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Nobel Prizewinning scientist Tim Hunt joked that men and women in the same lab tend to fall in love, and that tends to get in the way of their work. He also said that when female lab workers get criticized, they tend to cry.

As a result of this criticism, women cried, and Mr. Hunt resigned within days.

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Was Mr. Hunt wrong? I once told a female friend about a program I created called Equations of Peace, aimed at helping girls in conflict areas study math. My friend thought that I didn't know enough to create such a program. When I defended my decision, she started to cry. I've never personally seen a man cry who wasn't cradling his dead son.

Women do cry. Feminist role-model Sheryl Sandberg herself said, "I've cried at work." But it was Mr. Hunt who was Bunsen-burned at the stake.

By contrast, the Globe and Mail newspaper recently published an essay espousing the "Male Idiot Theory," stating that men are more likely than women to risk life and limb. No men cried as a result, to my knowledge, nor did they call for the female author's head.

(Incidentally, one could formulate another "MIT" theory: When I was a visiting associate professor of applied mathematics at MIT, I recall only one female professor compared to dozens of male ones. Moreover, the Male Idiot Theory ignores the men who, on the same impulse, rush into burning buildings to save women; who mine, like my co-author's grandfathers, the coal that makes our civilization run; and who drop out of college to create the computer companies whose software feminist writers use to call men idiots.)

Feminists also lambasted Mr. Hunt for using the word "girls," but the feminists who scoff at that term worship at the altar of Lena Dunham, whose hit television show is called "Girls." This hypocrisy reminds us of the uproar over the European Union's attempt to attract more girls to science, a program called "Science: It's a Girl Thing!" Its promotional video "featured sexist cliches including high heels and lipsticks," according to The Guardian newspaper — as if women don't wear high heels or lipstick.

Mr. Hunt's joke finished with his suggesting sex-segregated scientific spaces, which everyone had to pretend was outrageous; but how does one then explain that the "Denver Museum of Nature & Science [is] excited to host a Girls and Science event … where girls will meet women scientists"?

There was a related furor last year when Mattel pulled the book, Barbie: I Can Be a Computer Engineer, because, in it, Barbie asks two boys for help. (Gasp!) Never mind that only 15 percent of techies in Silicon Valley are female, so the probability that Barbie would randomly meet two women in tech is less than 3 percent. (Trust me: I'm a mathematician.) It seems as if feminists want Barbie to exist in a sex-segregated space.

Those leading the witch hunt twisted what Mr. Hunt was saying into "girls can't do science," and cited Marie Curie to prove him wrong. But if that Nobel laureate in physics and chemistry thought the way today's feminists think, there would have been no Marie Curie, because Marie Sk¿odowska would have sued Pierre Curie for sexual harassment the first time he asked her out for coffee in an elevator.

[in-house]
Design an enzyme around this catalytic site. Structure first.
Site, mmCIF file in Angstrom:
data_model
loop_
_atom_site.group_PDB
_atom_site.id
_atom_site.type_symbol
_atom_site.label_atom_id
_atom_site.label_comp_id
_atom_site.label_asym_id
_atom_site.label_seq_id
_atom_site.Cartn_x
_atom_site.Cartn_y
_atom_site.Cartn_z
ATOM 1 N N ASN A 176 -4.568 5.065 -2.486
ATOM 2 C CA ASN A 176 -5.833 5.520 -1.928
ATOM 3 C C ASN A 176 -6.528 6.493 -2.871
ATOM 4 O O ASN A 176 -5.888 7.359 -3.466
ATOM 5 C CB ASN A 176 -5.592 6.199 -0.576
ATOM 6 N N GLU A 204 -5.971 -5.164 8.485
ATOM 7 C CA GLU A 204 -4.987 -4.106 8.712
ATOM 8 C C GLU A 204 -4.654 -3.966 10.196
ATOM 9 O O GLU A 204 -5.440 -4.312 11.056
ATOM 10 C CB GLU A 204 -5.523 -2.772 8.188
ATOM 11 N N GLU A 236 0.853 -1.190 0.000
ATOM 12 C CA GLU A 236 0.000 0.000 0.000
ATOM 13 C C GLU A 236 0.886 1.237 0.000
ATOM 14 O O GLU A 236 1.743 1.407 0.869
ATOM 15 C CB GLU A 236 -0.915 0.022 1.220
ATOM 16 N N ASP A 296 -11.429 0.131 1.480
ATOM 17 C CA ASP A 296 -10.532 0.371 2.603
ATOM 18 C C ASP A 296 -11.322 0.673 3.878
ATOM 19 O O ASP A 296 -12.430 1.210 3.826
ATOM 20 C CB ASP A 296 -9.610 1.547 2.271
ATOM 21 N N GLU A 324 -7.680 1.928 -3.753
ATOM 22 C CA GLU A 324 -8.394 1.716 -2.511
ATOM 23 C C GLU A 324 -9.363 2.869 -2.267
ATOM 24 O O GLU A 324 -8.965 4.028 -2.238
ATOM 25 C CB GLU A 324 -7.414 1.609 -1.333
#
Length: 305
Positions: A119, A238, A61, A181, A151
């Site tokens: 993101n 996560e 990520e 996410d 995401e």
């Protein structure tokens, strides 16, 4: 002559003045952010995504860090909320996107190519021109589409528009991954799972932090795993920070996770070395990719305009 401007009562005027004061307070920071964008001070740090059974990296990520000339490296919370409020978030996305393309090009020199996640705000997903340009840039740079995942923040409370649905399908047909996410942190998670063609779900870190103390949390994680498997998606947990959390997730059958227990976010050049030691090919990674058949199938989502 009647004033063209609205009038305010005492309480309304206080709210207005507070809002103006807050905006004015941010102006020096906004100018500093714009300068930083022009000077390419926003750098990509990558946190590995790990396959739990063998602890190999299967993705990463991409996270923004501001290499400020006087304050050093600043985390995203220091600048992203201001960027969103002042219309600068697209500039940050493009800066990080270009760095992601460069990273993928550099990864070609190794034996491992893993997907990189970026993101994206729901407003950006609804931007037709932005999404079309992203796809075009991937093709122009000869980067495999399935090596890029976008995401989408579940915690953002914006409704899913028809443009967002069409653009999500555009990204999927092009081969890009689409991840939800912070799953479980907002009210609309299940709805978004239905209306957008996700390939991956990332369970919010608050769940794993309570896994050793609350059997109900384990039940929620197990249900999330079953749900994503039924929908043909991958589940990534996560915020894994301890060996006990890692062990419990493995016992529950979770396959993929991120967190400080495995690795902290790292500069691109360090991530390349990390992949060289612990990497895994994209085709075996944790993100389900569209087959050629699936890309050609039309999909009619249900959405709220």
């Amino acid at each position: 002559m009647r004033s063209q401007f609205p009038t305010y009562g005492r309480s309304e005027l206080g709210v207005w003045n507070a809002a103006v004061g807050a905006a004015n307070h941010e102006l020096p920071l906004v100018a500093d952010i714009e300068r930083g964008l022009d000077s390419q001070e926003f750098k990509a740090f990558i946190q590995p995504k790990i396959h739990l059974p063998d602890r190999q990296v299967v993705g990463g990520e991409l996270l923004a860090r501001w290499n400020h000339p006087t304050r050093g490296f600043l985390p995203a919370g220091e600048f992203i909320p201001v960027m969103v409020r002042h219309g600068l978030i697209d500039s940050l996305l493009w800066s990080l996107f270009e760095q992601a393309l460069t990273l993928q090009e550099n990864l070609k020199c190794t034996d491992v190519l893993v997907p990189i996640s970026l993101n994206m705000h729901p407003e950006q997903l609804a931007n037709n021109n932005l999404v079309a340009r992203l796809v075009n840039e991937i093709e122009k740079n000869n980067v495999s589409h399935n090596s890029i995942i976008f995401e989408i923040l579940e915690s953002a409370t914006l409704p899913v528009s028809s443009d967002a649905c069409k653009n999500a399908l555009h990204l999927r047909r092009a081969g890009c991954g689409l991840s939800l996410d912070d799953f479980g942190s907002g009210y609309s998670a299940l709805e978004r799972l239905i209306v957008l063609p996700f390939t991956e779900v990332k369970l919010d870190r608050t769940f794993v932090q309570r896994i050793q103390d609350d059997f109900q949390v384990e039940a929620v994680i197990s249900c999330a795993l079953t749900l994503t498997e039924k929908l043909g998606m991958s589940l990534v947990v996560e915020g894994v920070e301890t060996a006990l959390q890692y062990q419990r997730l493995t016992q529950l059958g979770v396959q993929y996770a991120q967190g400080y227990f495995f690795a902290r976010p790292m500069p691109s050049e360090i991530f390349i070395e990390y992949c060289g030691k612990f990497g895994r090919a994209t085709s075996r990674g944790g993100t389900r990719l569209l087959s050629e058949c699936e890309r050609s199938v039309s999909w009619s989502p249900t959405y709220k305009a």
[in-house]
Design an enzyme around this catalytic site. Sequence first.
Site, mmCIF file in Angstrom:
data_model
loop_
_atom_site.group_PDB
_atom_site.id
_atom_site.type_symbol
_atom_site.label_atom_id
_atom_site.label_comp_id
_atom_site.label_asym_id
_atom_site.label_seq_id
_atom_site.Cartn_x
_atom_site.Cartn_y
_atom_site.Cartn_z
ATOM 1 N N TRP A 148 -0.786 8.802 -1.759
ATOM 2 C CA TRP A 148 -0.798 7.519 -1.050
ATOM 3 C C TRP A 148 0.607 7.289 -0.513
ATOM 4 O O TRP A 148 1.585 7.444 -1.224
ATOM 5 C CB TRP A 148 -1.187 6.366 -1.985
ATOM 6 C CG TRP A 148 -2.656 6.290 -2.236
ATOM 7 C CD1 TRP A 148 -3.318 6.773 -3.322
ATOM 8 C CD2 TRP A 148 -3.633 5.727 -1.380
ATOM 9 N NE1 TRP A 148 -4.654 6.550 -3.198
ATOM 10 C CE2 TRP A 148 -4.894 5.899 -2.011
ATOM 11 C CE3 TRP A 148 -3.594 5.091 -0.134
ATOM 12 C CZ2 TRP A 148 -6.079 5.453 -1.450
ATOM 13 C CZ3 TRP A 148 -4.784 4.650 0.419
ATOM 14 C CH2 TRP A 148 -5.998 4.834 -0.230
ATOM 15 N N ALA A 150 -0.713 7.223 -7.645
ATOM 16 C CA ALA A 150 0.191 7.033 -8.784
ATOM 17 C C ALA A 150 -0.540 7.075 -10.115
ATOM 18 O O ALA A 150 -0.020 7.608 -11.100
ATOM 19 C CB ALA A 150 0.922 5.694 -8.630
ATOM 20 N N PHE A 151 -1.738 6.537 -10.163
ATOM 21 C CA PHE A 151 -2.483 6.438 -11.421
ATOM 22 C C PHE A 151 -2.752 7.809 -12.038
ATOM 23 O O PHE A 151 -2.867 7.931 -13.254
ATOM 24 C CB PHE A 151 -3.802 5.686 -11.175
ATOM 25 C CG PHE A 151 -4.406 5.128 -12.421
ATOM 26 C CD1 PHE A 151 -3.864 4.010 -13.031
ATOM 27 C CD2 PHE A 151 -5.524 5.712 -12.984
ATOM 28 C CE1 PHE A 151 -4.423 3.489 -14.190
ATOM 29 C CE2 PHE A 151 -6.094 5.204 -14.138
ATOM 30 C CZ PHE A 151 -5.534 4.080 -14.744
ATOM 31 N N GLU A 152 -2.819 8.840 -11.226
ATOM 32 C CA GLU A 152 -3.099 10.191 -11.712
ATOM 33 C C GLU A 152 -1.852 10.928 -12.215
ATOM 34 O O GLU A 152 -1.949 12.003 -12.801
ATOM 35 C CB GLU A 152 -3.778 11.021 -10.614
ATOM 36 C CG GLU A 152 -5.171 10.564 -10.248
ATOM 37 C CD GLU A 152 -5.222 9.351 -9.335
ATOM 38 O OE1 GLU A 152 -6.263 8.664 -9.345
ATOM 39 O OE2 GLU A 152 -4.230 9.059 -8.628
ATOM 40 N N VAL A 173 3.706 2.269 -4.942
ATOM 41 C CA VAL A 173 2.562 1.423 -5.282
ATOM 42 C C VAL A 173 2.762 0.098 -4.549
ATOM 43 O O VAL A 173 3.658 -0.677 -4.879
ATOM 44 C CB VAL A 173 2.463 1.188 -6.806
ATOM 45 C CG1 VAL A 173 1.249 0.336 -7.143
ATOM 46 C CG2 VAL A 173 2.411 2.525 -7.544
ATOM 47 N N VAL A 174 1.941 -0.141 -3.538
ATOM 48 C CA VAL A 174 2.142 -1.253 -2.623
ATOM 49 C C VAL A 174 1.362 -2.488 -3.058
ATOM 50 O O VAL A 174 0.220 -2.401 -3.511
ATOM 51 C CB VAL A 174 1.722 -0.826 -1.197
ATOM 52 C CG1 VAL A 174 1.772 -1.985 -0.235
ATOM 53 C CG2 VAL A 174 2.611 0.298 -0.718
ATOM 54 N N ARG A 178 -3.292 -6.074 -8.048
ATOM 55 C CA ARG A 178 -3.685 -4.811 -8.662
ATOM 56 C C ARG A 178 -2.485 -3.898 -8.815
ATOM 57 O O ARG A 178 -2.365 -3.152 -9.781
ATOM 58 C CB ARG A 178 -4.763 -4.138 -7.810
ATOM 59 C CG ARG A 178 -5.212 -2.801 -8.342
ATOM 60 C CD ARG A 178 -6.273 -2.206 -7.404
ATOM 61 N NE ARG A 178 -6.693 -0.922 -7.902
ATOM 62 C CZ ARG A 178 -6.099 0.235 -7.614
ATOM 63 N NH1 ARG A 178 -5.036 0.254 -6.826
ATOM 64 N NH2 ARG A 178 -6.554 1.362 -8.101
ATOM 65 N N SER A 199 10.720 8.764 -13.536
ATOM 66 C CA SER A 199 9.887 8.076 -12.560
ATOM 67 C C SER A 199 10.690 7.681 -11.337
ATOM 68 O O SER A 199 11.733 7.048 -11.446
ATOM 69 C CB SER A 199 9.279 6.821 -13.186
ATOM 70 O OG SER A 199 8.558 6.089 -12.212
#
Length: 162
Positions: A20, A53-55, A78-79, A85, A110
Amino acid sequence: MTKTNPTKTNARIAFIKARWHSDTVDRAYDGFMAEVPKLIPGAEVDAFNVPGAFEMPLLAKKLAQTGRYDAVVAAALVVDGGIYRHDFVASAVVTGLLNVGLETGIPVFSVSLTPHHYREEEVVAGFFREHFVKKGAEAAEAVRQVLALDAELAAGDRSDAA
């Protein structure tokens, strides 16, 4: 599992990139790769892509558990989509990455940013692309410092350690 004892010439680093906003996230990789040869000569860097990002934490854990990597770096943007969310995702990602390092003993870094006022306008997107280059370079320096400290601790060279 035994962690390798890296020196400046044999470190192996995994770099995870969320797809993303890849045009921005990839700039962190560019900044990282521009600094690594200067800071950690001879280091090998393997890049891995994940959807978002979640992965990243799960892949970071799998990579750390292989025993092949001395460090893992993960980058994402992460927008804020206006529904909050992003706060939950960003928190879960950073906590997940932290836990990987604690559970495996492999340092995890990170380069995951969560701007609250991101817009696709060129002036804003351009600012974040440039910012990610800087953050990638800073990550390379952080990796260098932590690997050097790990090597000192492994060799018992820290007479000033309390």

Even if what Mr. Hunt said was wrong, there must be room for redemption. James Watson, another Nobel Prize winning scientist, became an "unperson" after making comments about inherent intelligence that some called "racist." But after having lunch with Professor Watson and his wife, I concluded that whatever he is, there should be more like him. Give the man back his job. (Full disclosure: He paid for lunch. And I'm black.)

In conclusion, Mr. Hunt spoke lightheartedly about an age-old problem: How can the sexes work together without romance occasionally blossoming? When it does, problems can arise, as emotions collide with professional ideals. The suggestion about segregation was not meant seriously, it seemed. He was just saying there is no solution to this difficulty, except to try to be sensible and mature about it, not to rush into ill-considered "solutions," like penalizing all such romances.

As if it heard the uproar on Earth, the probe a team of British scientists led by Matt Taylor — widely lambasted for wearing a shirt with scantily clad women on it — landed on a comet came back to life this month. Its message? Science doesn't care about your social politics.

The critics of Messrs. Hunt, Taylor and Watson should consider what advances they're derailing along with their targets' careers. We should not have to choose between women's liberation and the liberation of all mankind.

Baltimore resident Jonathan David Farley is the co-founder of Girls Equal Math. His email is jonathan@phoenixmath.com. Professor Colin McGinn contributed to this article; he is the subject of the New York Times article, "A Star Philosopher Falls, and a Debate Over Sexism Is Set Off."

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